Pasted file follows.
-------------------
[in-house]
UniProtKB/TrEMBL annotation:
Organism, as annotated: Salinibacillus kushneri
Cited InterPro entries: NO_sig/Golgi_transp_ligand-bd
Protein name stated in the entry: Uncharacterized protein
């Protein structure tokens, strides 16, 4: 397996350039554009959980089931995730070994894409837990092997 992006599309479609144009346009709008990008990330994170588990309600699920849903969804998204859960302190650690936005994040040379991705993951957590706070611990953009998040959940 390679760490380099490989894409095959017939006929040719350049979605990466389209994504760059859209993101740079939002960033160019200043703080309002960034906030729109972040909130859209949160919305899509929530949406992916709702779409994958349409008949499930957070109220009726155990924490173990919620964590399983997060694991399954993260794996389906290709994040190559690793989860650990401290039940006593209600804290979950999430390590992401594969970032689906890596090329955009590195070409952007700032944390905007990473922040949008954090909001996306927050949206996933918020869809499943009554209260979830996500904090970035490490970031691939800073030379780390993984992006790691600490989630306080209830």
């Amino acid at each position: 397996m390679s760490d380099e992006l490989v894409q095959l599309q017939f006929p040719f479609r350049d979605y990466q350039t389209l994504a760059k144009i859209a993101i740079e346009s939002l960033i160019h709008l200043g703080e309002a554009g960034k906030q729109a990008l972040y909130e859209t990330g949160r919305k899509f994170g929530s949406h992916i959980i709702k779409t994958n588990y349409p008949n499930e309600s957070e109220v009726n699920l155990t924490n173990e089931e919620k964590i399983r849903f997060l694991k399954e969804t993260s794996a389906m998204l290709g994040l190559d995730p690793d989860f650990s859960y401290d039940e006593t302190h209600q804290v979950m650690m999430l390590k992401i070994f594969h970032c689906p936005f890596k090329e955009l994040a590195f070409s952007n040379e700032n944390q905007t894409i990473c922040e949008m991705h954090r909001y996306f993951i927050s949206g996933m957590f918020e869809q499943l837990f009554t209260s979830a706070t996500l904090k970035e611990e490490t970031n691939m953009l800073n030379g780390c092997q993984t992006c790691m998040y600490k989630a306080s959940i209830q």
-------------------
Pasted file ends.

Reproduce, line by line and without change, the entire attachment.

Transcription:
[in-house]
UniProtKB/TrEMBL annotation:
Organism, as annotated: Salinibacillus kushneri
Cited InterPro entries: NO_sig/Golgi_transp_ligand-bd
Protein name stated in the entry: Uncharacterized protein
């Protein structure tokens, strides 16, 4: 397996350039554009959980089931995730070994894409837990092997 992006599309479609144009346009709008990008990330994170588990309600699920849903969804998204859960302190650690936005994040040379991705993951957590706070611990953009998040959940 390679760490380099490989894409095959017939006929040719350049979605990466389209994504760059859209993101740079939002960033160019200043703080309002960034906030729109972040909130859209949160919305899509929530949406992916709702779409994958349409008949499930957070109220009726155990924490173990919620964590399983997060694991399954993260794996389906290709994040190559690793989860650990401290039940006593209600804290979950999430390590992401594969970032689906890596090329955009590195070409952007700032944390905007990473922040949008954090909001996306927050949206996933918020869809499943009554209260979830996500904090970035490490970031691939800073030379780390993984992006790691600490989630306080209830």
């Amino acid at each position: 397996m390679s760490d380099e992006l490989v894409q095959l599309q017939f006929p040719f479609r350049d979605y990466q350039t389209l994504a760059k144009i859209a993101i740079e346009s939002l960033i160019h709008l200043g703080e309002a554009g960034k906030q729109a990008l972040y909130e859209t990330g949160r919305k899509f994170g929530s949406h992916i959980i709702k779409t994958n588990y349409p008949n499930e309600s957070e109220v009726n699920l155990t924490n173990e089931e919620k964590i399983r849903f997060l694991k399954e969804t993260s794996a389906m998204l290709g994040l190559d995730p690793d989860f650990s859960y401290d039940e006593t302190h209600q804290v979950m650690m999430l390590k992401i070994f594969h970032c689906p936005f890596k090329e955009l994040a590195f070409s952007n040379e700032n944390q905007t894409i990473c922040e949008m991705h954090r909001y996306f993951i927050s949206g996933m957590f918020e869809q499943l837990f009554t209260s979830a706070t996500l904090k970035e611990e490490t970031n691939m953009l800073n030379g780390c092997q993984t992006c790691m998040y600490k989630a306080s959940i209830q």